Astronomers think they’ve unraveled a 50-year-old intergalactic puzzle

DURHAM, United Kingdom — Orbiting our home galaxy, the Milky Way, is a vast number of satellite galaxies surrounding us in a rather bizarre pattern. Now, however, astronomers say they’re getting closer to understanding why they’re positioned in a strange formation.

Researchers at Durham University have a new theory for why faint satellite galaxies surrounding the Milky Way are arranged on an thin rotating plane called the “plane of satellites.” The alignment looks like a thin plane piercing the galaxy while, at the same time, circling a coherent and long-lived disk.

The bizarre alignment has puzzled scientists for years since its discovery in the 1970s. There is no physical mechanism to create the satellite plane. It was thought that satellite galaxies should be arranged in a roughly round configuration tracing the universe’s dark matter. However, supercomputer simulations of the plane have failed to recreate similar structures that could track the evolution of the universe since the beginning of the Big Bang. With no concrete or tangible proof, some researchers started to question the cold dark matter theory of galaxy formation.

Is this alignment just a fluke?

Similar to the way star constellations change, the international research team suggests the plane of satellites is just a cosmological quirk that will break down over time. Their model also explains how the galaxies we currently view are gradually formed with clumps of cold dark matter. Though it has never been seen with the human eye, dark matter is theorized to make up about 27 percent of the universe.

The current study’s conclusion came from new data from the European Space Agency’s GAIA space observatory. GAIA charts a six-dimensional map of the Milky Way and includes precise positions and measurements for about one billion stars in the galaxy — one percent in total — along with companion systems.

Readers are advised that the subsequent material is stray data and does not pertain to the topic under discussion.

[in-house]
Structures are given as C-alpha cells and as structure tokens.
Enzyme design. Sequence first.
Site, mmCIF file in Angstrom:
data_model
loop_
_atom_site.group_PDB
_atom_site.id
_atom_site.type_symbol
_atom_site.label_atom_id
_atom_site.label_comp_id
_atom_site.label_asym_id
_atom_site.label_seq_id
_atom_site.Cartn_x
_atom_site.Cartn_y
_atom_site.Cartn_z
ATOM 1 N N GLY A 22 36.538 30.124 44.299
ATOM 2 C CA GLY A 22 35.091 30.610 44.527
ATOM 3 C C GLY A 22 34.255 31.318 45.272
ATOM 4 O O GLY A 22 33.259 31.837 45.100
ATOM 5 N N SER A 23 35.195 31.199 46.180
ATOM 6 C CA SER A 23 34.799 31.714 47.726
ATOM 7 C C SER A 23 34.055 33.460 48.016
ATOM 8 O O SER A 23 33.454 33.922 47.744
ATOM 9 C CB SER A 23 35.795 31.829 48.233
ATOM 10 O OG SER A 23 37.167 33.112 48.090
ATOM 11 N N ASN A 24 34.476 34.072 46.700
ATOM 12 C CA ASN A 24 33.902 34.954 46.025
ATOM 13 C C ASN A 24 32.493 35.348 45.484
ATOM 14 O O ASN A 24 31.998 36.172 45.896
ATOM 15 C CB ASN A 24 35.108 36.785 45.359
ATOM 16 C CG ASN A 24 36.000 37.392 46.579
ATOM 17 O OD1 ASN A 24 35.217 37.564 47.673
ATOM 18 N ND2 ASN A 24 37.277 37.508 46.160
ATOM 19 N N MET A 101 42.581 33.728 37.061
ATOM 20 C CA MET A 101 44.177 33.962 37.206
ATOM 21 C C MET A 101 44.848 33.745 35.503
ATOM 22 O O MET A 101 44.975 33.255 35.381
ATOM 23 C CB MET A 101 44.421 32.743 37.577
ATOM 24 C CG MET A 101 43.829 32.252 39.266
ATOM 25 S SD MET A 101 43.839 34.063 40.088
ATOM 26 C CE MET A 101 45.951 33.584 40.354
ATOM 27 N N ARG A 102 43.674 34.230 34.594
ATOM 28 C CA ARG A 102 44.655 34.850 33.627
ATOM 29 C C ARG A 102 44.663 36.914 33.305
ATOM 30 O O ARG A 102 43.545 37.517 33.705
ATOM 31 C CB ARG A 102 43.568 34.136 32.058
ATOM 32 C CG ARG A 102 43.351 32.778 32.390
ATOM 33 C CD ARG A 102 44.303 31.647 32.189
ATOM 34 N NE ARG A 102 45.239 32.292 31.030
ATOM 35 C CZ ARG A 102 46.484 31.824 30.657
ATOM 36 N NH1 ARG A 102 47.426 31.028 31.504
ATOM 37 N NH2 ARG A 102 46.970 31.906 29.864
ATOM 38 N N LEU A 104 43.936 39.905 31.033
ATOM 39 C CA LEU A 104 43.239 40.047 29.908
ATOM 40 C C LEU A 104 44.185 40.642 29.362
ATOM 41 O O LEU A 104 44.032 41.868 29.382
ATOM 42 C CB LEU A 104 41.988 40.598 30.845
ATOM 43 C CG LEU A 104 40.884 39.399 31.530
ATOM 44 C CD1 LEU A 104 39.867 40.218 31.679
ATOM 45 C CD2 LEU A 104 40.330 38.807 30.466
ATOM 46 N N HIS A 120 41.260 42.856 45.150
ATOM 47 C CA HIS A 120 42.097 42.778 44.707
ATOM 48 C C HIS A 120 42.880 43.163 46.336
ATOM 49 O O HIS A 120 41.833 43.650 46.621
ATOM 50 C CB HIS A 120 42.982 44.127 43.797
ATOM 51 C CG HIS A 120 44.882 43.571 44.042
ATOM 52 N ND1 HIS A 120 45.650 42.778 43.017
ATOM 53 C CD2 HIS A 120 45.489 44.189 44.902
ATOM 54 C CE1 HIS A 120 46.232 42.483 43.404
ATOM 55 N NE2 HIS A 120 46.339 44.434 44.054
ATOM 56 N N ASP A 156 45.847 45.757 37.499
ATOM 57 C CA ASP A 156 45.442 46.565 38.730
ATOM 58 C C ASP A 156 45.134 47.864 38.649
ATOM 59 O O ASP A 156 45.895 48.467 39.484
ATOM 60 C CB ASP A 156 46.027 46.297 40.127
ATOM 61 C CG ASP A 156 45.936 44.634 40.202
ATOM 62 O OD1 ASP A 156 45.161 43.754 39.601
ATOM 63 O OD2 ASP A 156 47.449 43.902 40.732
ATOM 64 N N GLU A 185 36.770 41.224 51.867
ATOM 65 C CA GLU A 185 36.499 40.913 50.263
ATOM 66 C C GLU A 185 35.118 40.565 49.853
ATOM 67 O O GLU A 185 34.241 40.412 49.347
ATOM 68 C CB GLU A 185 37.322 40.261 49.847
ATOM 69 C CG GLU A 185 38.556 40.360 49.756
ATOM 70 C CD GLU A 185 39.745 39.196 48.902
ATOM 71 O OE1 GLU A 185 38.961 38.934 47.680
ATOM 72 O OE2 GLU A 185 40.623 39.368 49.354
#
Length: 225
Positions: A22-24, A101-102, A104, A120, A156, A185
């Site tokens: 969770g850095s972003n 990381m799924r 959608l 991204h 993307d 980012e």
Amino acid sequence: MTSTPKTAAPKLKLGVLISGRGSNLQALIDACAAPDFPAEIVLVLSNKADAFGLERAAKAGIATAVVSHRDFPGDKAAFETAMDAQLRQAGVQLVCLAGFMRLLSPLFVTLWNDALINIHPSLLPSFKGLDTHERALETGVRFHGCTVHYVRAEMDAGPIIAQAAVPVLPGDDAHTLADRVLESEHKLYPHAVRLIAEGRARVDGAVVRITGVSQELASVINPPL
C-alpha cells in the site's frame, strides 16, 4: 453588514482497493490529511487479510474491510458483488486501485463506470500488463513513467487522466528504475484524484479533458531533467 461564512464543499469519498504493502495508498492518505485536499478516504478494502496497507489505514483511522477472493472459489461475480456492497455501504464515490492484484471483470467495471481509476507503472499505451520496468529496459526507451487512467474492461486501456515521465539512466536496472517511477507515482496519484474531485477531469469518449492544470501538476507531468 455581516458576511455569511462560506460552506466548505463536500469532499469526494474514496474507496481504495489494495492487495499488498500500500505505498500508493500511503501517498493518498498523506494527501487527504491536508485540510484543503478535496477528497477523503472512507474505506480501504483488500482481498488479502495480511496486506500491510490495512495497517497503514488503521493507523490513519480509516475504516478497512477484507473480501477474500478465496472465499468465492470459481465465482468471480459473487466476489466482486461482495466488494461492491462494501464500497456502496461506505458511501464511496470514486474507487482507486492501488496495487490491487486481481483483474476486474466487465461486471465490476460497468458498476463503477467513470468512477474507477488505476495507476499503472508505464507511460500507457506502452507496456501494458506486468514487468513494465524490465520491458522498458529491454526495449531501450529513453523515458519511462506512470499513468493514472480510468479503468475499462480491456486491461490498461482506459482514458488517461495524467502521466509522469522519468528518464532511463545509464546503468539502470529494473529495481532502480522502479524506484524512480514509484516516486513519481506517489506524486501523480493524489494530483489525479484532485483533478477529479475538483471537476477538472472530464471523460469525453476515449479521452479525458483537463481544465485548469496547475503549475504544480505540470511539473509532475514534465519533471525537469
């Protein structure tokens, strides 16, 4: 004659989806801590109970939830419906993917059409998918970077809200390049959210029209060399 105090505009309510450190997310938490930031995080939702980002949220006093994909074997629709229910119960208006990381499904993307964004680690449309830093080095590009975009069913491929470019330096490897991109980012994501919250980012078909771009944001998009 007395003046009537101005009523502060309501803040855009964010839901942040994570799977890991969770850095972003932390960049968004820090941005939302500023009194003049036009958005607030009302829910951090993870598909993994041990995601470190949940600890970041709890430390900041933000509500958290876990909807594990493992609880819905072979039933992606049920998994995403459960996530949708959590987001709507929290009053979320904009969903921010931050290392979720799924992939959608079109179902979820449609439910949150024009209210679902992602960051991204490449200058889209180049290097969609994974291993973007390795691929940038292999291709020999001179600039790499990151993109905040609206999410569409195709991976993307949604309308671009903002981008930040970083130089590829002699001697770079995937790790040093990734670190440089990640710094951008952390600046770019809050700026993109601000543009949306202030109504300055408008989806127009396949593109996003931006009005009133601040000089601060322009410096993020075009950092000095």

The data gave scientists orbital projections of past and future satellite galaxies. Their predictions showed the plane will form and dissolve in a few hundred million years. While it sounds like a lot, it’s a blink in cosmic time.

“The plane of satellites was truly mind boggling,” says study lead author Till Sawala, a professor at the University of Helsinki, in a media release. “It is perhaps unsurprising that a puzzle which has endured for almost fifty years required a combination of methods to solve it – and an international team to come together.”

Scientists are getting closer to unraveling the mystery of our satellite galaxies
One of the new high-resolution simulations of the dark matter enveloping the Milky Way and its neighbour, the Andromeda galaxy. The new study shows that earlier, failed attempts to find counterparts of the plane of satellites which surrounds the Milky Way in dark matter simulations was due to a lack of resolution. (CREDIT:
Till Sawala/Sibelius collaboration)

Our neighboring galaxies are just at ‘the right place at the right time’

Scientists also searched for new tailor-made cosmological simulations for evidence of planes of satellites. Previous research on simulations failed to include the distances of satellites from the center of the galaxy, making virtual satellite systems look much rounder than real ones.

In the current study, they created several simulations of the Milky Way with all of them containing a plane of satellite galaxies similar to the ones seen in telescopes. The tailor-made virtual simulations are suggested to give more validity to the standard model of cosmology and to the theory that dark matter is the foundation behind the formation of our universe.

“Thanks to the amazing data from the GAIA satellite and the laws of Physics, we now know that the plane is just a chance alignment, a matter of being in the right place at the right time, just as the constellations of stars in the sky,” says Carlos Frenk, a professor of fundamental physics in the Institute for Computational Cosmology at Durham University. “Come back in a billion years, and the plane will have disintegrated, as will today’s constellations. It continues to provide a remarkably faithful description of the evolution of our Universe.”

The study is published in the journal Nature Astronomy.

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About the Author

Jocelyn Solis-Moreira

Jocelyn is a New York-based science journalist whose work has appeared in Discover Magazine, Health, and Live Science, among other publications. She holds a Master’s of Science in Psychology with a concentration in behavioral neuroscience and a Bachelor’s of Science in integrative neuroscience from Binghamton University. Jocelyn has reported on several medical and science topics ranging from coronavirus news to the latest findings in women’s health.

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